This is a projected chain of actions that it is thought took place. That it is tortuous makes it somewhat unconvincing. That is unfortunate. It appears that early atmospheric process beneficiated the sulfur and concentrated enough in the sea bed at least, if not saturating the crust to some depth. This provided a reaction horizon that then captured nickel and led to the creation of nickel sulphide deposits unique to the geological era. Other minerals were also involved.
This is a unique mineralogy out of the Precambrian that has not occurred since.
I wonder if this reaction horizon could also explain the prevalence of banded iron deposits in ancient rocks. The sulphur would fix the iron in place, yet be reduced later in the presence of oxygen.
Rich Ore Deposits Linked To Ancient Atmosphere
The key evidence came from a form of sulfur known as sulfur-33, an isotope in which atoms contain one more neutron than "normal" sulfur (sulfur-32). Both isotopes act the same in most chemical reactions, but reactions in the atmosphere in which sulfur dioxide gas molecules are split by ultraviolet light (UV) rays cause the isotopes to be sorted or "fractionated" into different reaction products, creating isotopic anomalies.
by Staff Writers
Much of our planet's mineral wealth was deposited billions of years ago when Earth's cycles were different from today's. Using geochemical clues from rocks nearly 3 billion years old, a group of scientists including Andrey Bekker and Doug Rumble from the Carnegie Institution have made the surprising discovery that the creation of economically important nickel ore deposits was linked to sulfur in the ancient oxygen-poor atmosphere.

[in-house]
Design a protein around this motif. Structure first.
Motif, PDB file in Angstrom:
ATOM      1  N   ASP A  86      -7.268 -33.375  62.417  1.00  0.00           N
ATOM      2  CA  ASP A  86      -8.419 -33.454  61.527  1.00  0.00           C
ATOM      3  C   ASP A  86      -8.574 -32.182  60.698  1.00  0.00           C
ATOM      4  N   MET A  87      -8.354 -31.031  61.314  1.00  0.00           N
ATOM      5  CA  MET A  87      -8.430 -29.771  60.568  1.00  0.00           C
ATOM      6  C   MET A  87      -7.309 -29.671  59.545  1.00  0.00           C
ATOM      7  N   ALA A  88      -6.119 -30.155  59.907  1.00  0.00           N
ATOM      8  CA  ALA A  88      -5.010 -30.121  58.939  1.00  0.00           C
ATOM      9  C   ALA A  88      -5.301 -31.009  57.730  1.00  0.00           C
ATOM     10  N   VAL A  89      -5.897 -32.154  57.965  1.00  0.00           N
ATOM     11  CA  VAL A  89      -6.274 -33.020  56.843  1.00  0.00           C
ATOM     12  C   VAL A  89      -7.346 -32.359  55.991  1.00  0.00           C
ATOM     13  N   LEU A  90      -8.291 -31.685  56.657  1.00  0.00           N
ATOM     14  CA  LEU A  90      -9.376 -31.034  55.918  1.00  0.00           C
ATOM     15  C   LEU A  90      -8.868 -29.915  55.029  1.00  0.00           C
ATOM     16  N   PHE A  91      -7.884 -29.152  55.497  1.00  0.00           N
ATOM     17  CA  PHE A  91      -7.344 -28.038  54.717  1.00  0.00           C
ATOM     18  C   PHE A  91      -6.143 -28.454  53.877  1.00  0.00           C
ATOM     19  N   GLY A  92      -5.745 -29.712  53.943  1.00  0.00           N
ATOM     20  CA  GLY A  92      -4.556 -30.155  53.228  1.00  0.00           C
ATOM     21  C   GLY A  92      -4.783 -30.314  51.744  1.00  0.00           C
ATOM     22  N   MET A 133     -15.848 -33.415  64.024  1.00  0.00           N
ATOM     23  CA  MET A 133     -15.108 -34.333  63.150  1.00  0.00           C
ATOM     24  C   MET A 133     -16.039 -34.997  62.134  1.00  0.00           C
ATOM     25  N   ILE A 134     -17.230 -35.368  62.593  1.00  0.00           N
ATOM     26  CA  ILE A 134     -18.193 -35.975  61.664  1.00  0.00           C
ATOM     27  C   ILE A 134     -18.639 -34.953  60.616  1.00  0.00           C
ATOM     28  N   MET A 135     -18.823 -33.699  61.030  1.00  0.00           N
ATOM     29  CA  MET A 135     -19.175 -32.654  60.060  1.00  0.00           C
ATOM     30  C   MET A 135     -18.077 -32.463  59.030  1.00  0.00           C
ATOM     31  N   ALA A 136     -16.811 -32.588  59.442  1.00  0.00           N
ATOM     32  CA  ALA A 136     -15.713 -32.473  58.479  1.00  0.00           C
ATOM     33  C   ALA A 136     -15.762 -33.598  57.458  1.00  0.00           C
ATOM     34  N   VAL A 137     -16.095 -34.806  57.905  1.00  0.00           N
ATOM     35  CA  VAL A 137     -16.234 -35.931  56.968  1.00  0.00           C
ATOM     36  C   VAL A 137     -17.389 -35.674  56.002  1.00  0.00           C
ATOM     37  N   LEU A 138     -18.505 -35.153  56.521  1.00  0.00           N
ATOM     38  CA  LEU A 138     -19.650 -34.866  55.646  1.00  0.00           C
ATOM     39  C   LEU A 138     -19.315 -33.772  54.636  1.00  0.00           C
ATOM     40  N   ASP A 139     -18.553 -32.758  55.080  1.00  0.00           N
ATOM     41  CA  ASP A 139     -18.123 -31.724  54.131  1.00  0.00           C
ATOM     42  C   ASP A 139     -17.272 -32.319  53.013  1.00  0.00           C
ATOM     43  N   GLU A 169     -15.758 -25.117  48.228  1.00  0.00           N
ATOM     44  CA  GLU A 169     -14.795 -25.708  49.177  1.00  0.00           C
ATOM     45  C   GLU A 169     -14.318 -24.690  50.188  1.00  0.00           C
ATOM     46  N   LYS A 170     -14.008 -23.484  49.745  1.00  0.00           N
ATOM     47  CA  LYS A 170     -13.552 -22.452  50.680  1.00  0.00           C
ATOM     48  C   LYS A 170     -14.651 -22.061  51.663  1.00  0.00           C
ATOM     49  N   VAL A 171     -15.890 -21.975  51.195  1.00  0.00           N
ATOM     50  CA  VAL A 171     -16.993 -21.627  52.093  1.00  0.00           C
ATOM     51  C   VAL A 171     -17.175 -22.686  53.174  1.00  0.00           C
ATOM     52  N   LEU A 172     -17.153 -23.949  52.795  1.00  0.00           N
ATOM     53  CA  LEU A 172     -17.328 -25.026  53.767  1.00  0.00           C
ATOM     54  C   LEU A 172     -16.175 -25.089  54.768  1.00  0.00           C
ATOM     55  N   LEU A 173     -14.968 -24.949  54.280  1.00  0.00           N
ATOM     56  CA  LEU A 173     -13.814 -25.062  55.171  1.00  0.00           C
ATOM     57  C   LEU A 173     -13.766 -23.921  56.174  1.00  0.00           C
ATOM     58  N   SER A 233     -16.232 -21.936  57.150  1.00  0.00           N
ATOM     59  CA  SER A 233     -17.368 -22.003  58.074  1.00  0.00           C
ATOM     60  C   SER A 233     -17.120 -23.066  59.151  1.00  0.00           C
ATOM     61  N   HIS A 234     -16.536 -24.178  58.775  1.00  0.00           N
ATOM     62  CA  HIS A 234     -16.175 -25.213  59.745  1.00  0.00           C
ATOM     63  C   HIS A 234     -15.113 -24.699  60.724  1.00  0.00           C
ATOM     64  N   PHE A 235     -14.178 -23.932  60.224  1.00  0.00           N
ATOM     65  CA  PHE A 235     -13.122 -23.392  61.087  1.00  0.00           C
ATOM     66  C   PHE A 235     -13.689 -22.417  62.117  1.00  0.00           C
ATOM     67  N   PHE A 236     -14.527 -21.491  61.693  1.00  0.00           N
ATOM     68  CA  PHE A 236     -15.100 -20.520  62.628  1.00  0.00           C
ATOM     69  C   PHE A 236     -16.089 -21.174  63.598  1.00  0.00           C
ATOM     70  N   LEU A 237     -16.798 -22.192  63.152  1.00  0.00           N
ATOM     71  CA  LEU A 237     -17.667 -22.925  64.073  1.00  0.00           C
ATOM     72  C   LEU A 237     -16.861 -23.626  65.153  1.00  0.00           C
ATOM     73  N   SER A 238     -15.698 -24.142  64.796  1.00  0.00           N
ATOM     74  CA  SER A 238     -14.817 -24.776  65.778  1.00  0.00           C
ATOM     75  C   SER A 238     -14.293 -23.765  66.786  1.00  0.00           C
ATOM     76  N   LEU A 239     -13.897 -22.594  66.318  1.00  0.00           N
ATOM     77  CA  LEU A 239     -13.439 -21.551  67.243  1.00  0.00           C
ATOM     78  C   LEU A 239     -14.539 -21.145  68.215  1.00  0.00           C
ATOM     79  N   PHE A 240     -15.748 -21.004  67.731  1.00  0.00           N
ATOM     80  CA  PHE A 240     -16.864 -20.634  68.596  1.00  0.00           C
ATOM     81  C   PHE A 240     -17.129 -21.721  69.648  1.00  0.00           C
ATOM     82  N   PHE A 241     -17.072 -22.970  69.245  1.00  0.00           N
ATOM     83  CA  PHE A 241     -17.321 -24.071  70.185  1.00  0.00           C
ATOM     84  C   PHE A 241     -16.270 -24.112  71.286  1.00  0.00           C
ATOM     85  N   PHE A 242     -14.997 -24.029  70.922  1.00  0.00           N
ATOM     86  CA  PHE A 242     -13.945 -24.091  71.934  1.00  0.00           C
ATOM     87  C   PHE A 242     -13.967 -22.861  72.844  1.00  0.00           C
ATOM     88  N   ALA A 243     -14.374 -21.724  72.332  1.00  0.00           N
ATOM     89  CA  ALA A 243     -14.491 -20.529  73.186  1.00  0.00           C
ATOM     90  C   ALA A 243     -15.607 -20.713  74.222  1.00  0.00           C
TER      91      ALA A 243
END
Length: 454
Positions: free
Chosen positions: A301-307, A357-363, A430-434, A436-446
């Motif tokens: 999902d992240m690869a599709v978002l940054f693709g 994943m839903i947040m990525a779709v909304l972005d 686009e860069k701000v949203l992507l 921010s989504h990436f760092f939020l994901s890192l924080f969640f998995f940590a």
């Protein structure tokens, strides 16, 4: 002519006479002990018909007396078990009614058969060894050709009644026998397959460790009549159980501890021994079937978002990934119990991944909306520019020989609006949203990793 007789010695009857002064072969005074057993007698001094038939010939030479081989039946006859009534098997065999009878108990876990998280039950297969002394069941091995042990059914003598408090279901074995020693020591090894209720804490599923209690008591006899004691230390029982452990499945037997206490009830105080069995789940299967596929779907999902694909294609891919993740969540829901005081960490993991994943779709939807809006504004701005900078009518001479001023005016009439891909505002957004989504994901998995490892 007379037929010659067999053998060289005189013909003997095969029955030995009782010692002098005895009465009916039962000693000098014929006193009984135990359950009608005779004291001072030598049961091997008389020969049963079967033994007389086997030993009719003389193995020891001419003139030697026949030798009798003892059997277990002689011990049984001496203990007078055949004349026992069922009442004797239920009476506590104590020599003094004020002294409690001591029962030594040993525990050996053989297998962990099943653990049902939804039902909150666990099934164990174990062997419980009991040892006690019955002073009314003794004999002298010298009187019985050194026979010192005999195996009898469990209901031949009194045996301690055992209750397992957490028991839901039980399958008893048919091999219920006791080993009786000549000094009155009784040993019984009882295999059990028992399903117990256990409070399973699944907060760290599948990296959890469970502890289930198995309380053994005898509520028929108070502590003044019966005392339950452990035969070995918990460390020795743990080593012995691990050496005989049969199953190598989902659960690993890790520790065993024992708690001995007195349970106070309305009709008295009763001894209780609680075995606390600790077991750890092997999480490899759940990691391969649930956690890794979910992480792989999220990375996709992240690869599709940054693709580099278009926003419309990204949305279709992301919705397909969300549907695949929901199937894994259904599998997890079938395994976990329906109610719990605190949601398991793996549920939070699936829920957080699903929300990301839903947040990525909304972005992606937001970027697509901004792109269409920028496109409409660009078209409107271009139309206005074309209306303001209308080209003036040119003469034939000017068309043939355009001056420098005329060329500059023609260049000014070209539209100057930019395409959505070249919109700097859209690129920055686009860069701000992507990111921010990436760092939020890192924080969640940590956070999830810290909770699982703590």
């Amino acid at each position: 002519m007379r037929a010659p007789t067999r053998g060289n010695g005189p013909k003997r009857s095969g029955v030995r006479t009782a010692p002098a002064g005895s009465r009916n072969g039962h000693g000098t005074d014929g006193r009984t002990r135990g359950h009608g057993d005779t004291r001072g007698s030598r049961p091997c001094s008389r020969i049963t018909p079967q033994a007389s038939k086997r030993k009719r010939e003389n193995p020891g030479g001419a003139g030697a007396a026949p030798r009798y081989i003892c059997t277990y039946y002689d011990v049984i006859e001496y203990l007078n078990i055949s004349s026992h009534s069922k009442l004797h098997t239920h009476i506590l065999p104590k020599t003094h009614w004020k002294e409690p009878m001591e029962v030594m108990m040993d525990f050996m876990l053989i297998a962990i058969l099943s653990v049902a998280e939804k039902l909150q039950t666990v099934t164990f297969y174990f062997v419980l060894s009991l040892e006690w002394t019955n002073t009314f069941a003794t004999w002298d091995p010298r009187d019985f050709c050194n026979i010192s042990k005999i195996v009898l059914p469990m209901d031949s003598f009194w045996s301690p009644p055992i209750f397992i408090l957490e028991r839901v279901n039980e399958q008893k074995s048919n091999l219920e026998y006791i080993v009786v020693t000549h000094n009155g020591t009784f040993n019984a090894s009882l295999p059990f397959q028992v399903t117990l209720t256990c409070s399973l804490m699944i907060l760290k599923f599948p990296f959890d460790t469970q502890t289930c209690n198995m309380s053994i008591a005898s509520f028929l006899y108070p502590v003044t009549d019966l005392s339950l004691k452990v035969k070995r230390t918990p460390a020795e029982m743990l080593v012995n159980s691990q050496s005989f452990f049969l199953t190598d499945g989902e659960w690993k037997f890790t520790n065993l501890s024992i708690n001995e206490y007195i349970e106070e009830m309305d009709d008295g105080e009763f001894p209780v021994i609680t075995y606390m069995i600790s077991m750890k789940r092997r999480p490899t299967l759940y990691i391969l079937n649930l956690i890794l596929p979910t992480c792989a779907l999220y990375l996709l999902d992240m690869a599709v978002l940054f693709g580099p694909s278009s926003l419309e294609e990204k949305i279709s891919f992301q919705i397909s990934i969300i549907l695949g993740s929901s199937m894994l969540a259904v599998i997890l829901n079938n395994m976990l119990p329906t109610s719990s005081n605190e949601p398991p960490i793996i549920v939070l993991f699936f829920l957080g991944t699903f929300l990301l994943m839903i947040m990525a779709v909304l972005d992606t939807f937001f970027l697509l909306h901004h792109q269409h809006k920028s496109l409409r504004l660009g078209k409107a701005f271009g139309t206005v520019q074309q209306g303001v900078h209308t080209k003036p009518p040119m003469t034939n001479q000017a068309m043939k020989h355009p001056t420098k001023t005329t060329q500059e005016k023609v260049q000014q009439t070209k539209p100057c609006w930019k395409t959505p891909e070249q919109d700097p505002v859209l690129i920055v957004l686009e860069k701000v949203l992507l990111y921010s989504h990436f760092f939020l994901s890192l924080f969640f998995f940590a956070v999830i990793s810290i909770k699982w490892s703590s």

These ancient ores - specifically iron-nickel sulfide deposits - yield 10% of the world's annual nickel production. They formed for the most part between two and three billion years ago when hot magmas erupted on the ocean floor. Yet scientists have puzzled over the origin of the rich deposits. The ore require sulfur to form, but neither seawater nor the magmas hosting the ores were thought to be rich enough in sulfur for this to happen.
"These nickel deposits have sulfur in them arising from an atmospheric cycle in ancient times. The isotopic signal is of an anoxic atmosphere," says Rumble of Carnegie's Geophysical Laboratory, a co-author of the paper appearing in the November 20 issue of .
Rumble, with lead author Andrey Bekker (formerly Carnegie Fellow and now at the
University of Manitoba), and four other colleagues used advanced geochemical techniques to analyze rock samples from major ore deposits in Australia and . They found that to help produce the ancient deposits, sulfur atoms made a complicated journey from volcanic eruptions, to the atmosphere, to seawater, to hot springs on the ocean floor, and finally to molten, ore-producing magmas. Canada
The key evidence came from a form of sulfur known as sulfur-33, an isotope in which atoms contain one more neutron than "normal" sulfur (sulfur-32). Both isotopes act the same in most , but reactions in the atmosphere in which sulfur dioxide gas molecules are split by ultraviolet light (UV) rays cause the isotopes to be sorted or "fractionated" into different reaction products, creating isotopic anomalies.
"If there is too much oxygen in the atmosphere then not enough UV gets through and these reactions can't happen," says Rumble. "So if you find these sulfur isotope anomalies in rocks of a certain age, you have information about the oxygen level in the atmosphere."
By linking the rich nickel ores with the ancient atmosphere, the anomalies in the rock samples also answer the long-standing question regarding the source of the sulfur in the ore minerals. Knowing this will help geologists track down new ore deposits, says Rumble, because the presence of sulfur and other chemical factors determine whether or not a deposit will form.
deposits are a tiny fraction of a percent of the , yet economically they are incredibly important. Ore